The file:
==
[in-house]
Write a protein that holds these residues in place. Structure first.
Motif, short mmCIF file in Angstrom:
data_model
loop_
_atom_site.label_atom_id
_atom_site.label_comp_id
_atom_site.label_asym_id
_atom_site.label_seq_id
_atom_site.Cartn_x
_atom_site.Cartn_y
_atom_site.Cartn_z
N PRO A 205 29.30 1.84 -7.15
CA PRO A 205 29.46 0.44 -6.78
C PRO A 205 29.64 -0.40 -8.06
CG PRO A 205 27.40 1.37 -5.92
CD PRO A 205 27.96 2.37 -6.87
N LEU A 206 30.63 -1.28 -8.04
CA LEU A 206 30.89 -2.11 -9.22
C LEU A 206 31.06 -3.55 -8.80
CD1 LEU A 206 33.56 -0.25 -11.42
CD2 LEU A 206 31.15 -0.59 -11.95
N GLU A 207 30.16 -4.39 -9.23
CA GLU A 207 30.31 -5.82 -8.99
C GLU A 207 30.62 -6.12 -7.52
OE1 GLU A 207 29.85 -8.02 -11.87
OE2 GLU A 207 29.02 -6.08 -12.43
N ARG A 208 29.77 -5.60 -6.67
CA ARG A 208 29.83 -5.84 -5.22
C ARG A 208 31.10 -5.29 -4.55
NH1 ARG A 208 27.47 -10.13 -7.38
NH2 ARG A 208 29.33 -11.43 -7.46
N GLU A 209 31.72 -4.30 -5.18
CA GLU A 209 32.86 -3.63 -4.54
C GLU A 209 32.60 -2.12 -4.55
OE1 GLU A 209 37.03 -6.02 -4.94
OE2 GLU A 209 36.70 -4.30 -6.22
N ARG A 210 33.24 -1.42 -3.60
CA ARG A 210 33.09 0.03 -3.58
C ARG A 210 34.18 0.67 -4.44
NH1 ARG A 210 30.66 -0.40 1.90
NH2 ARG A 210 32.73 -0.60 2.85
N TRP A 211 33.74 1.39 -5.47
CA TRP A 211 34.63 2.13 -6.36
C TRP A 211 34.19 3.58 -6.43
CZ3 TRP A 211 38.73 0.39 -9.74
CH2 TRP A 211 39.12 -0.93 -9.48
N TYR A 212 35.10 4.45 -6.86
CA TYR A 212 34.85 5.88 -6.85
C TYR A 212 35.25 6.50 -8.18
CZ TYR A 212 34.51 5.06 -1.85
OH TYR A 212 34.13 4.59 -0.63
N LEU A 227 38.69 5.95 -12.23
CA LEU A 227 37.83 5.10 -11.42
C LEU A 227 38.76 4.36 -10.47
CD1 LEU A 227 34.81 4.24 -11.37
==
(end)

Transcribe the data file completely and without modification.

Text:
[in-house]
Write a protein that holds these residues in place. Structure first.
Motif, short mmCIF file in Angstrom:
data_model
loop_
_atom_site.label_atom_id
_atom_site.label_comp_id
_atom_site.label_asym_id
_atom_site.label_seq_id
_atom_site.Cartn_x
_atom_site.Cartn_y
_atom_site.Cartn_z
N PRO A 205 29.30 1.84 -7.15
CA PRO A 205 29.46 0.44 -6.78
C PRO A 205 29.64 -0.40 -8.06
CG PRO A 205 27.40 1.37 -5.92
CD PRO A 205 27.96 2.37 -6.87
N LEU A 206 30.63 -1.28 -8.04
CA LEU A 206 30.89 -2.11 -9.22
C LEU A 206 31.06 -3.55 -8.80
CD1 LEU A 206 33.56 -0.25 -11.42
CD2 LEU A 206 31.15 -0.59 -11.95
N GLU A 207 30.16 -4.39 -9.23
CA GLU A 207 30.31 -5.82 -8.99
C GLU A 207 30.62 -6.12 -7.52
OE1 GLU A 207 29.85 -8.02 -11.87
OE2 GLU A 207 29.02 -6.08 -12.43
N ARG A 208 29.77 -5.60 -6.67
CA ARG A 208 29.83 -5.84 -5.22
C ARG A 208 31.10 -5.29 -4.55
NH1 ARG A 208 27.47 -10.13 -7.38
NH2 ARG A 208 29.33 -11.43 -7.46
N GLU A 209 31.72 -4.30 -5.18
CA GLU A 209 32.86 -3.63 -4.54
C GLU A 209 32.60 -2.12 -4.55
OE1 GLU A 209 37.03 -6.02 -4.94
OE2 GLU A 209 36.70 -4.30 -6.22
N ARG A 210 33.24 -1.42 -3.60
CA ARG A 210 33.09 0.03 -3.58
C ARG A 210 34.18 0.67 -4.44
NH1 ARG A 210 30.66 -0.40 1.90
NH2 ARG A 210 32.73 -0.60 2.85
N TRP A 211 33.74 1.39 -5.47
CA TRP A 211 34.63 2.13 -6.36
C TRP A 211 34.19 3.58 -6.43
CZ3 TRP A 211 38.73 0.39 -9.74
CH2 TRP A 211 39.12 -0.93 -9.48
N TYR A 212 35.10 4.45 -6.86
CA TYR A 212 34.85 5.88 -6.85
C TYR A 212 35.25 6.50 -8.18
CZ TYR A 212 34.51 5.06 -1.85
OH TYR A 212 34.13 4.59 -0.63
N LEU A 227 38.69 5.95 -12.23
CA LEU A 227 37.83 5.10 -11.42
C LEU A 227 38.76 4.36 -10.47
CD1 LEU A 227 34.81 4.24 -11.37